As to the first claim, the Arbitrator found that the parties had agreed in a memorandum of understanding to use the RESUMIX system for candidate evaluation. The Arbitrator found that since the Union had agreed to the system's use, he could find no basis for questioning its reliability or challenging its use.
With respect to the second claim, the Arbitrator found that "pre-selection ha[d] not been substantiated or proven in this case." Id. at 12. In this regard, the Arbitrator rejected the Union's claims that the interview questions were designed to "mirror the resumes of those [allegedly] pre-selected candidates[,]" and that the interview questions were not related to the job requirements. Id. Further, the Arbitrator found that the Union had not offered any motive for preselection, and that there was no evidence that the selected candidates did not have qualifications for the positions or that the grievant was as, or more, qualified than they were.
Finally, the Arbitrator rejected the Union's claim that the Agency did not maintain appropriate documentation necessary for reconstruction of the promotion actions because the selecting official and interview panel members destroyed their personal interview notes. The Arbitrator found that the documentation retained by the Agency, including the list of individuals interested in the position, those who declined to be interviewed, the candidates selected, and information on the selection criteria utilized, as well as the interview questions, the scoring system, the scores for each candidate on each question, and the total score for each candidate, constituted information sufficient to reconstruct the selection process. In addition, the Arbitrator found that the Union cited no law, rule, or regulation that specifically required the maintenance of interview notes. He determined that he could not find that destruction of the interview notes "in any way contaminate[d] the selection process." Id. at 16.
In sum, the Arbitrator concluded that the Agency did not violate any laws, rules or regulations in the selection process, and that this case was "solely about the non-selection for promotion of the [g]rievant. As non-selection for promotion is excluded from the grievance process," the Arbitrator granted the Agency's motion to dismiss the grievance as not arbitrable. Id. at 17.
III. Positions of the Parties
A. Union's Exceptions
The Union claims that the award is contrary to law. According to the Union, "the Arbitrator's finding of no pre-selection is contrary to 5 USC 2302(b)(6), [n3] Article 36, Section D of the [parties' agreement and] TACOM-R 600-5, Chapter 15-4b and e." Exceptions at 4. The Union asserts that the Agency violated these provisions "when it engaged in pre-selection and tainted the selection process to ensure selection of the 6 candidates." Id. In this regard, the Union asserts that testimony of the selecting official and panel members was inconsistent, and that other evidence also supports a finding of pre-selection. The Union also claims that destruction of the interview notes was contrary to law, citing 5 C.F.R. § 335.103(b)(5), Department of the Army regulations, and Article 36 G and 36 L of the parties' agreement, requiring the Agency to maintain certain documents.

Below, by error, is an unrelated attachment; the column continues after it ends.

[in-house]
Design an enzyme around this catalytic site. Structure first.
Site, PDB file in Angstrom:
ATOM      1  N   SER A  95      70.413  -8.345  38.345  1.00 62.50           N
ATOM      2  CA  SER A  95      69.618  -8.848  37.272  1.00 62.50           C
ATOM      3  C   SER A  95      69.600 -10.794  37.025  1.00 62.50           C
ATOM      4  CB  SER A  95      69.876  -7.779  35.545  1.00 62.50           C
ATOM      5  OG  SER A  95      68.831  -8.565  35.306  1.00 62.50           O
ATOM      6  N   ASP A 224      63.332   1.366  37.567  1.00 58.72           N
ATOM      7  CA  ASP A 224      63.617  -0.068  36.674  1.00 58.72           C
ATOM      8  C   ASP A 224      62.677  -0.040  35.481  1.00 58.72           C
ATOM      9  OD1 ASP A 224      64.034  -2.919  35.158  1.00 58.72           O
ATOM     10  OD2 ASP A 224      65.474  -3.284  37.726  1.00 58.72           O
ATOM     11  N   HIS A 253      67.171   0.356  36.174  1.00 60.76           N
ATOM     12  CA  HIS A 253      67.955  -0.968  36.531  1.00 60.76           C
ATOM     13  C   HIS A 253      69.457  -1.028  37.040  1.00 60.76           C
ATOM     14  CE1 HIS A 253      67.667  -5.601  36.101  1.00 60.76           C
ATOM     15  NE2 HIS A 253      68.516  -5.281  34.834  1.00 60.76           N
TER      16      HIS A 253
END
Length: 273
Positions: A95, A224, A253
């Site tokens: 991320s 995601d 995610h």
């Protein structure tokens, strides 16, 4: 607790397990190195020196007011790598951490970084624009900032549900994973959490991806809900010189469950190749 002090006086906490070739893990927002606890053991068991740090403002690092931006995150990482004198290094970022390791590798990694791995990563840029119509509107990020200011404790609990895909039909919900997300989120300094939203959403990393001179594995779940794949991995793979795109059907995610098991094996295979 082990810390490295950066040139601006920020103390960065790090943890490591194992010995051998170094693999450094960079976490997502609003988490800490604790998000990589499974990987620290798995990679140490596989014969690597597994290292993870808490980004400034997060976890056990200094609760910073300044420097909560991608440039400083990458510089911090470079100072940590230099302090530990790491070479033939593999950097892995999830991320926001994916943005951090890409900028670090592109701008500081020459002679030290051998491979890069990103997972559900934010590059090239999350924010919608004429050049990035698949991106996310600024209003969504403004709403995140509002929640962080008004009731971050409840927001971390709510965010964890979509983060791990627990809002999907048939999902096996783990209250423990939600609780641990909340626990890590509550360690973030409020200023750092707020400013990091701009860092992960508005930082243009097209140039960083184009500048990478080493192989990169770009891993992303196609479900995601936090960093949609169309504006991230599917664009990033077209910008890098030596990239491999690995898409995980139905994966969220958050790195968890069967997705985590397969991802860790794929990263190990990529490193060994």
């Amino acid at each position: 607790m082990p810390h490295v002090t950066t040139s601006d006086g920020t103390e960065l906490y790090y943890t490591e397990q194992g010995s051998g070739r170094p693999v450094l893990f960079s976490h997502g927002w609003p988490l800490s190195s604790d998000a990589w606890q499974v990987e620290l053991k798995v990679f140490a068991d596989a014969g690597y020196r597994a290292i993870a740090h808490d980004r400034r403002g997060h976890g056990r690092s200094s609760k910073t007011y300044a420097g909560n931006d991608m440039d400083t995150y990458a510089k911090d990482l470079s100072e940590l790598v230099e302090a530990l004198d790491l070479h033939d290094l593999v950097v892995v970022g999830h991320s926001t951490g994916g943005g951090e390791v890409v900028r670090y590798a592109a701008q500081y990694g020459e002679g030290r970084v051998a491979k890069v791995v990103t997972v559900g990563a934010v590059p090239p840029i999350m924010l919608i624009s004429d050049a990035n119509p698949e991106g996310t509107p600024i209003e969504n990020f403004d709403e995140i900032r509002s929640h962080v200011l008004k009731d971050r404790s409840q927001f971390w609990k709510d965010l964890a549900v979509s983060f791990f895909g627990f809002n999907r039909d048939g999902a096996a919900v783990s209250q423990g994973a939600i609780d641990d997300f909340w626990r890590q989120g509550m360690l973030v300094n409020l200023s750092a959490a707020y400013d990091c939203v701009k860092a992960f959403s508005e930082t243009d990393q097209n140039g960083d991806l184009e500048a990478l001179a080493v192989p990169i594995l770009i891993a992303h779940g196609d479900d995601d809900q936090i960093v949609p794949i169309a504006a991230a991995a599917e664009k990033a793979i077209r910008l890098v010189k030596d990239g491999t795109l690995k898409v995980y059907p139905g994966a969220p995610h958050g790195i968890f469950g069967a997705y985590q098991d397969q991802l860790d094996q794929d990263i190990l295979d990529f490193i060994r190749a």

The Union also contends that the award is based on non-facts. The Union asserts that the Arbitrator misstated certain facts and "based his decision on conflicting and undocumented testimony of Agency witnesses while dismissing undisputed, documented evidence presented by the Union." Id. at 1.
Finally, the Union alleges that the Arbitrator was biased. According to the Union, the Arbitrator demonstrated bias "against the Union by ignoring the flagrant [ v57 p660 ] Agency procedural violations and other improprieties that occurred" in this case. Id.
B. Agency's Opposition
The Agency contends that the Union's exceptions present the same arguments that were made to the Arbitrator and constitute an attempt to relitigate the merits of the case. The Agency asserts that the Union has failed to show that pre-selection ever occurred, or that the Agency violated any laws, rules, regulations, or the collective bargaining agreement. The Agency also claims that the Union has failed to show, under applicable Authority precedent, either that the award is based on a non-fact or that the Arbitrator was biased.
IV. Analysis and Conclusions
A. The Award Is Not Contrary to Law